As one of the largest retail providers with nearly 12,000 stores in 28 countries around the world, Walmart Inc. eventually took root in the hottest investment trend, providing its loyal customers with an extraordinary opportunity to buy sweet and less volatile bitcoins for the "low daily price".
Since the beginning Bitcoin has struggled for mainstream adoption trying to replace the centralized fiat currency with an anti-tampering record of digital transactions, until today for the general public this is still just a dream to be pay for their daily grocery checks with innovative altcoins.
Meanwhile, the American sales giant Walmart brought Bitcoin into their stores in the form of chocolate candy instead of the long-awaited means of payment.
Some say it is a cruel absurd, but the fact is valid: Bitcoin milk chocolate wrapped in gold foil with yellow mesh ooded the Walmart shelves tagged with a fun $ 1 price tag per unit . Moreover, unlike the current Bitcoin, the price of these sweets does not fluctuate and it is useless to pass a large process of verification of the know-your-customer to buy some.
As a result, all aspiring Bitcoin investors have the chance to jump on a Bitcoin bandwagon candy, although it is a much less valuable and hopefully tasty investment.
On the other hand, Walmart could indeed have pursued good intentions giving Bitcoin such great visibility. The company is known for its vast interest in exploiting the blockchain, the technology behind cryptocurrencies like Bitcoin, in an effort to streamline its supply chain and beyond.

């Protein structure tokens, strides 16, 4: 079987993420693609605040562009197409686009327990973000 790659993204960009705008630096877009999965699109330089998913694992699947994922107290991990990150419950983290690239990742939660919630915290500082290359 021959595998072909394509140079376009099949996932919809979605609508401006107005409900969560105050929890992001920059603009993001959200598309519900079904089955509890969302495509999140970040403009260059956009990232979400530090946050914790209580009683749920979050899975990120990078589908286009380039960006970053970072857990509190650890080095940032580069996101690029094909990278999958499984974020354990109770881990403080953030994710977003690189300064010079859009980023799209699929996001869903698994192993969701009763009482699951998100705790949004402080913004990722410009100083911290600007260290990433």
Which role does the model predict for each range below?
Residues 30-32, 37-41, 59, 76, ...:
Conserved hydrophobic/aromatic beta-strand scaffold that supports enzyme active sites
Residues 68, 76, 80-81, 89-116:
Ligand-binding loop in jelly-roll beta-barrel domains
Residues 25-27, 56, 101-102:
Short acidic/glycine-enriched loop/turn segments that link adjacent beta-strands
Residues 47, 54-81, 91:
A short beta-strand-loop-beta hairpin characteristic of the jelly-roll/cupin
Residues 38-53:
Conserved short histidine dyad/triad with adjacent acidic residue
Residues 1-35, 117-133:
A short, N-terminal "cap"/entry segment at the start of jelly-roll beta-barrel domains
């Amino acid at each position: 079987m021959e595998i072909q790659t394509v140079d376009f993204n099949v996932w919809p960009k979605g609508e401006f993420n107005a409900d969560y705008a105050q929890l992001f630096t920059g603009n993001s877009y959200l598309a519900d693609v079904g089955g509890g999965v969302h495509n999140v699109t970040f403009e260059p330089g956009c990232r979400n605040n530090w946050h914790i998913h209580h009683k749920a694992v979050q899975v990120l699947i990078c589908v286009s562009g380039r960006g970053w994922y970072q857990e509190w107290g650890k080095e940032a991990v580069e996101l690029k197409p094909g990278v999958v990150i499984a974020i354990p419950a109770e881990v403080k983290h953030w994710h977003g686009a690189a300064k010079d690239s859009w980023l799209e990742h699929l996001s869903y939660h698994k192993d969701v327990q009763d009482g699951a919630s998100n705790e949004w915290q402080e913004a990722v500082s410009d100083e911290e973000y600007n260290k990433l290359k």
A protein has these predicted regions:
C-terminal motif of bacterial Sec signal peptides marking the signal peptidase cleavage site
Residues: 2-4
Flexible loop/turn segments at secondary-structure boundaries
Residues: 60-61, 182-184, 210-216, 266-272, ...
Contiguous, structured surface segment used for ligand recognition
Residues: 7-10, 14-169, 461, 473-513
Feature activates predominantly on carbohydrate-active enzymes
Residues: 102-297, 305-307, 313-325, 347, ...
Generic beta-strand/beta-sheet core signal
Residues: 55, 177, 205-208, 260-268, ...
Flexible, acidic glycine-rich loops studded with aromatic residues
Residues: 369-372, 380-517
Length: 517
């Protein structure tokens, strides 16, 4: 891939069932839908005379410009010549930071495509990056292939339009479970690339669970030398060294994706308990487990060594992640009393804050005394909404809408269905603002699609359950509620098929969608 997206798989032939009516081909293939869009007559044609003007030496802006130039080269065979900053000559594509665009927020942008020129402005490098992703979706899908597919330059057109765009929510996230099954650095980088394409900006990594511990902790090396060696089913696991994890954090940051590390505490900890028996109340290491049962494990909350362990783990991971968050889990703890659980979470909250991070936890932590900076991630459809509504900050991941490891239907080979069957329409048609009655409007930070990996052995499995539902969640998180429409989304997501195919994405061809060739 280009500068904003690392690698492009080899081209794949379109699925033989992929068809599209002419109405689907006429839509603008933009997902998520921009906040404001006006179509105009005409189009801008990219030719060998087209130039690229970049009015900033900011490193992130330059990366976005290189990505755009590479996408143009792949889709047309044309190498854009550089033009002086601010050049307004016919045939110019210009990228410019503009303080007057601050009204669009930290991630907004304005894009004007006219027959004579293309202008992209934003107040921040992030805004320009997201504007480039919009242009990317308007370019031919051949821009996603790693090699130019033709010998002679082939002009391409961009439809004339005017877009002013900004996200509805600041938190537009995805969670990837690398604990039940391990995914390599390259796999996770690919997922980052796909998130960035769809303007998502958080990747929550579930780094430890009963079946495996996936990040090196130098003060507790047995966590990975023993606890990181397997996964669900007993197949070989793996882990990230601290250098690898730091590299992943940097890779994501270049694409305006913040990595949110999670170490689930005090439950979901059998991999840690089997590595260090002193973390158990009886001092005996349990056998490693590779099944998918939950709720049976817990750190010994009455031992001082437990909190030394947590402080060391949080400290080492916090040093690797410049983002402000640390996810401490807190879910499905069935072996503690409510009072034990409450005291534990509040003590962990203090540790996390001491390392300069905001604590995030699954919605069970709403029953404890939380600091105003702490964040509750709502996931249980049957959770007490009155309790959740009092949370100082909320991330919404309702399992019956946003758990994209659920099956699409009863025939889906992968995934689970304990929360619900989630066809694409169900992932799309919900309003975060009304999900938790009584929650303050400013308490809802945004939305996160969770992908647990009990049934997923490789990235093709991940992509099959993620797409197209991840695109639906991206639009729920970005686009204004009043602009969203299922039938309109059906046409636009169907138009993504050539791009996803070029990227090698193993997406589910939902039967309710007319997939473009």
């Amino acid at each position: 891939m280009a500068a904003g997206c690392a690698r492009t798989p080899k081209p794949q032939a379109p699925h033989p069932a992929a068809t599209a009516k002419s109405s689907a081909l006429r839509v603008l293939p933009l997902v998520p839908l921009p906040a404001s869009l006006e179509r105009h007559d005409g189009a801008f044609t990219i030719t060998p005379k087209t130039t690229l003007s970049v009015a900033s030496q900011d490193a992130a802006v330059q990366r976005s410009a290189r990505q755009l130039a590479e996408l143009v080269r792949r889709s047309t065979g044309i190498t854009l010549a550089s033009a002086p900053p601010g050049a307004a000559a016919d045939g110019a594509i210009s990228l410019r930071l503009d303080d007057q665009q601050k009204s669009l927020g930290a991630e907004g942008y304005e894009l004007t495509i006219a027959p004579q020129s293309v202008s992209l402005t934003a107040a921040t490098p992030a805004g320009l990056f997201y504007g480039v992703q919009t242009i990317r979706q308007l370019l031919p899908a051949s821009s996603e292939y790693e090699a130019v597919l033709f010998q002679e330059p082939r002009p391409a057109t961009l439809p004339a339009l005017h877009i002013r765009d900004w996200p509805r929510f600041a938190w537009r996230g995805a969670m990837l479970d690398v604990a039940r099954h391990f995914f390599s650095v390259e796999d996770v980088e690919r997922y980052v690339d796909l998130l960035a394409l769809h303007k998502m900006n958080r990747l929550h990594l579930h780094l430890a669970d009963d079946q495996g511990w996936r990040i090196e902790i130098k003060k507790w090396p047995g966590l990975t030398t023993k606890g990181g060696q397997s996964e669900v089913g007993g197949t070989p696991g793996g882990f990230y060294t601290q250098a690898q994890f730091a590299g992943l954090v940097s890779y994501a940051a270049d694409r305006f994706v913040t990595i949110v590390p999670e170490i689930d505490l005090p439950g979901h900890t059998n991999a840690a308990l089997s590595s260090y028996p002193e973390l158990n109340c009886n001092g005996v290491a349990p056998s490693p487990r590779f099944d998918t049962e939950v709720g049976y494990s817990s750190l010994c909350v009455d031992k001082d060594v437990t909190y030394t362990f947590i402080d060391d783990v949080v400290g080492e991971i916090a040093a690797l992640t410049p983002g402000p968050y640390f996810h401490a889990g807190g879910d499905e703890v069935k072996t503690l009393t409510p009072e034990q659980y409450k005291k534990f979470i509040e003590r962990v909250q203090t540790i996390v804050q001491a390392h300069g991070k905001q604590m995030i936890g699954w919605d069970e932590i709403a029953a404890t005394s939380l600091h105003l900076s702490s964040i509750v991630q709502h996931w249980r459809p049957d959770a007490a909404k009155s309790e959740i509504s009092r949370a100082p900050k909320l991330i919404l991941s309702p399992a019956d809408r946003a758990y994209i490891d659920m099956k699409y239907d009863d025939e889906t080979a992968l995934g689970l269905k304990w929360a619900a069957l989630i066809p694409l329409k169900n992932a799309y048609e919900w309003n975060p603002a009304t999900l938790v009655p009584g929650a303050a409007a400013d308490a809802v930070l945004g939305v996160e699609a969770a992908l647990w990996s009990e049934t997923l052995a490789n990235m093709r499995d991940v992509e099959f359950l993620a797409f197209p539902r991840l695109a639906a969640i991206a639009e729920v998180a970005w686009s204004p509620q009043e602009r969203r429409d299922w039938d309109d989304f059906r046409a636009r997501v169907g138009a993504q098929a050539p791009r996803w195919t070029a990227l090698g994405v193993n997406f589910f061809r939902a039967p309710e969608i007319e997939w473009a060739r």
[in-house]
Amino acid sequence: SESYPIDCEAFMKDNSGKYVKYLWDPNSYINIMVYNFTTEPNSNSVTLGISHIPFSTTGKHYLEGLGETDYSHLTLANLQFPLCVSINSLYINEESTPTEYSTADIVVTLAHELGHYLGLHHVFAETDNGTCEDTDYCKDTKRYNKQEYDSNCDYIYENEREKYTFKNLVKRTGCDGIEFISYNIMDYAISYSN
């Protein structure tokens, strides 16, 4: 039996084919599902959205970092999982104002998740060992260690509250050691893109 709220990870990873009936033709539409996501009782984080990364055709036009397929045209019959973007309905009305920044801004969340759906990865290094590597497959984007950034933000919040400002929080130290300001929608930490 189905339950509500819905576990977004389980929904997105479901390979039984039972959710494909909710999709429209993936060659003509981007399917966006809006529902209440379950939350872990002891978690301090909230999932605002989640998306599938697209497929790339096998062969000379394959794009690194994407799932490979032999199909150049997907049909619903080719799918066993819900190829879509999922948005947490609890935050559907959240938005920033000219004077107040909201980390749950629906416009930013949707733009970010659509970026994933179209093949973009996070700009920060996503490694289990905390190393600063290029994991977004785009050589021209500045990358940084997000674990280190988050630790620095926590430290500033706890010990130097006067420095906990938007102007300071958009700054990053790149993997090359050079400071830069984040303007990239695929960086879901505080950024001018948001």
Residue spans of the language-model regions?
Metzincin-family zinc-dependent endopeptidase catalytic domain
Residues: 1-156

Walmart has already filed a number of patents related to the blockchain related to different applications of blockchain technology. The most recent patent registration with a system for "stand-alone electronic devices" or robots that can deliver parcels. The company believes that the robust blockchain technology is able to break the traditional supply chain with an immutable digital ledger.
In 2016, Walmart announced an initiative to improve food security using blockchain technology to provide better food traceability and consumer safety. The project was launched in collaboration with IBM and Tsinghua University. In June of this year, the retailer won a patent for a system of filing medical records on a blockchain.
In addition, Walmart has recently patented a system for planning deliveries or products purchased through their website. The patent provides for the use of blockchain-based delivery hubs that use the public ledger to track available and confidential units, and then distribute them for shipment based on a schedule. The technology could be coupled with another Walmart blockchain patent on temperature-controlled "smart packages" for perishable goods.
Certainly, the Bitcoins created by Frankford will help to raise public awareness about Bitcoin's cryptocurrency, thus increasing the possibility that more people will eventually have their interest in its technological and ideological foundations. At the same time, chocolate coins can only become the first step towards the adoption of Walmart cryptocurrency and very soon we will meet support for Bitcoin payments or even a Walmart currency itself.